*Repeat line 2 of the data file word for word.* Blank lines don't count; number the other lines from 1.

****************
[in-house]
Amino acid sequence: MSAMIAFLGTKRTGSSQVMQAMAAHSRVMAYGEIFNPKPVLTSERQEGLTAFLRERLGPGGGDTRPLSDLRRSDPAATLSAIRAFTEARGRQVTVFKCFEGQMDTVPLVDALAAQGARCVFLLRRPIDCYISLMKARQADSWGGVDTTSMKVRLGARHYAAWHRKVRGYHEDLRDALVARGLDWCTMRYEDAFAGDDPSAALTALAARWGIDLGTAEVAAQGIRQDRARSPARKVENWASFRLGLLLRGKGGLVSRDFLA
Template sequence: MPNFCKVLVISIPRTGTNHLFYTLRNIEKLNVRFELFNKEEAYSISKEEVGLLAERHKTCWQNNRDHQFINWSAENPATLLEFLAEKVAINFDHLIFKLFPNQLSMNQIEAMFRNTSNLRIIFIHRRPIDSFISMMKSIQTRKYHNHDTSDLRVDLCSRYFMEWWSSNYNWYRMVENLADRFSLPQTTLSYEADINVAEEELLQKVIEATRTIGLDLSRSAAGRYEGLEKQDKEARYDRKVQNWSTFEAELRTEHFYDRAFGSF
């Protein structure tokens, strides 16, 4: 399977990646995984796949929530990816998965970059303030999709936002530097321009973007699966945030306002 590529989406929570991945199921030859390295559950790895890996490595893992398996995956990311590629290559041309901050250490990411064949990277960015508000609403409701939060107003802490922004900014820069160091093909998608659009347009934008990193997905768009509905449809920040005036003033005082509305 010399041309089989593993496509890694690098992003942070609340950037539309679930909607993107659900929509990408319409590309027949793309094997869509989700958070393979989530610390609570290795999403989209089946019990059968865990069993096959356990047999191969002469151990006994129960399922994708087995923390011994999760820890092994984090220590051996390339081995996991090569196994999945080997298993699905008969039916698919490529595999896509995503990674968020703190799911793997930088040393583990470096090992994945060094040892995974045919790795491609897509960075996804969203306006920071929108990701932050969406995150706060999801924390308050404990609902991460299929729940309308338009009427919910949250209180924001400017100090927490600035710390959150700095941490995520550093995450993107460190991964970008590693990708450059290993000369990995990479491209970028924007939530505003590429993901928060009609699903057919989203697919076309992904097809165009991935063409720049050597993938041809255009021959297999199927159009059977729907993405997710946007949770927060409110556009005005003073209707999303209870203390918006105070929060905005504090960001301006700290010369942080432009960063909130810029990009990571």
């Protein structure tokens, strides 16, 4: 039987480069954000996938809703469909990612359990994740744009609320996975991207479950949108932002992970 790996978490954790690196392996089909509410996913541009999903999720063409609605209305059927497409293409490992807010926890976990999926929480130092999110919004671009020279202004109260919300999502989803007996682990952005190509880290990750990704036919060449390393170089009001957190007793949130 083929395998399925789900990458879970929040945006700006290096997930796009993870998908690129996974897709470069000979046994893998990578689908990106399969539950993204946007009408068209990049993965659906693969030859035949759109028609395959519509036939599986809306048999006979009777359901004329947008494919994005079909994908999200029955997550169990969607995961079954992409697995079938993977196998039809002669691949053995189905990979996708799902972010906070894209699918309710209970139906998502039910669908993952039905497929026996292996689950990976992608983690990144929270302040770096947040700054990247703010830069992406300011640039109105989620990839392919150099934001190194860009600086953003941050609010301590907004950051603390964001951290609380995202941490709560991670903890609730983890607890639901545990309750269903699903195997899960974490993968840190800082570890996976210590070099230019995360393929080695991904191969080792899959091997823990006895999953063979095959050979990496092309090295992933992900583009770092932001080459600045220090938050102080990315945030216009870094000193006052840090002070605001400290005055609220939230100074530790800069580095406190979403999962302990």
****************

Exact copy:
Amino acid sequence: MSAMIAFLGTKRTGSSQVMQAMAAHSRVMAYGEIFNPKPVLTSERQEGLTAFLRERLGPGGGDTRPLSDLRRSDPAATLSAIRAFTEARGRQVTVFKCFEGQMDTVPLVDALAAQGARCVFLLRRPIDCYISLMKARQADSWGGVDTTSMKVRLGARHYAAWHRKVRGYHEDLRDALVARGLDWCTMRYEDAFAGDDPSAALTALAARWGIDLGTAEVAAQGIRQDRARSPARKVENWASFRLGLLLRGKGGLVSRDFLA